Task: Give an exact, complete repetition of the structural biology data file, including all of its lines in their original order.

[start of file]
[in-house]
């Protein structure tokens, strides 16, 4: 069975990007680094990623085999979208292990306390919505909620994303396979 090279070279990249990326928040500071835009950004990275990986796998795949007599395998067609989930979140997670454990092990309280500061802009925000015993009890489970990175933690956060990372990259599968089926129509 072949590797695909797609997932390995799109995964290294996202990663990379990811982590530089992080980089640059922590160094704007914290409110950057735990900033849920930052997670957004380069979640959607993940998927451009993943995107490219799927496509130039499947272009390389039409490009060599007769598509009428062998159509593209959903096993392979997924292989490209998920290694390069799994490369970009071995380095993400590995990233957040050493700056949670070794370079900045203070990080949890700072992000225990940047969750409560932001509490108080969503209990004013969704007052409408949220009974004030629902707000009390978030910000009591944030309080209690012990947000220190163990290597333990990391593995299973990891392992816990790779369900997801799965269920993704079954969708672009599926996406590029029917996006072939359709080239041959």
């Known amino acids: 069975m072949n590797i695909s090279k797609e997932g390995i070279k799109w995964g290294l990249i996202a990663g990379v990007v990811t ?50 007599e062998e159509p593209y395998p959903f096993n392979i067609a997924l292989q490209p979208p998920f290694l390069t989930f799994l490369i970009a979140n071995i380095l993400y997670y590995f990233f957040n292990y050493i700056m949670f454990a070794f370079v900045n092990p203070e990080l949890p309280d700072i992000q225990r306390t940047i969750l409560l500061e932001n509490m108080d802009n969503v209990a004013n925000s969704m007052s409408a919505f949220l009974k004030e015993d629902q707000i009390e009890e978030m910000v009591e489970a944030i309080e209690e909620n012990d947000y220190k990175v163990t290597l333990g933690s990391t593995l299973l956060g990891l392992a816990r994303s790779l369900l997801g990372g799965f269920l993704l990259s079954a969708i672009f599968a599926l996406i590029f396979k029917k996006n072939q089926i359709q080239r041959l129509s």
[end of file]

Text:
[in-house]
């Protein structure tokens, strides 16, 4: 069975990007680094990623085999979208292990306390919505909620994303396979 090279070279990249990326928040500071835009950004990275990986796998795949007599395998067609989930979140997670454990092990309280500061802009925000015993009890489970990175933690956060990372990259599968089926129509 072949590797695909797609997932390995799109995964290294996202990663990379990811982590530089992080980089640059922590160094704007914290409110950057735990900033849920930052997670957004380069979640959607993940998927451009993943995107490219799927496509130039499947272009390389039409490009060599007769598509009428062998159509593209959903096993392979997924292989490209998920290694390069799994490369970009071995380095993400590995990233957040050493700056949670070794370079900045203070990080949890700072992000225990940047969750409560932001509490108080969503209990004013969704007052409408949220009974004030629902707000009390978030910000009591944030309080209690012990947000220190163990290597333990990391593995299973990891392992816990790779369900997801799965269920993704079954969708672009599926996406590029029917996006072939359709080239041959």
């Known amino acids: 069975m072949n590797i695909s090279k797609e997932g390995i070279k799109w995964g290294l990249i996202a990663g990379v990007v990811t ?50 007599e062998e159509p593209y395998p959903f096993n392979i067609a997924l292989q490209p979208p998920f290694l390069t989930f799994l490369i970009a979140n071995i380095l993400y997670y590995f990233f957040n292990y050493i700056m949670f454990a070794f370079v900045n092990p203070e990080l949890p309280d700072i992000q225990r306390t940047i969750l409560l500061e932001n509490m108080d802009n969503v209990a004013n925000s969704m007052s409408a919505f949220l009974k004030e015993d629902q707000i009390e009890e978030m910000v009591e489970a944030i309080e209690e909620n012990d947000y220190k990175v163990t290597l333990g933690s990391t593995l299973l956060g990891l392992a816990r994303s790779l369900l997801g990372g799965f269920l993704l990259s079954a969708i672009f599968a599926l996406i590029f396979k029917k996006n072939q089926i359709q080239r041959l129509s």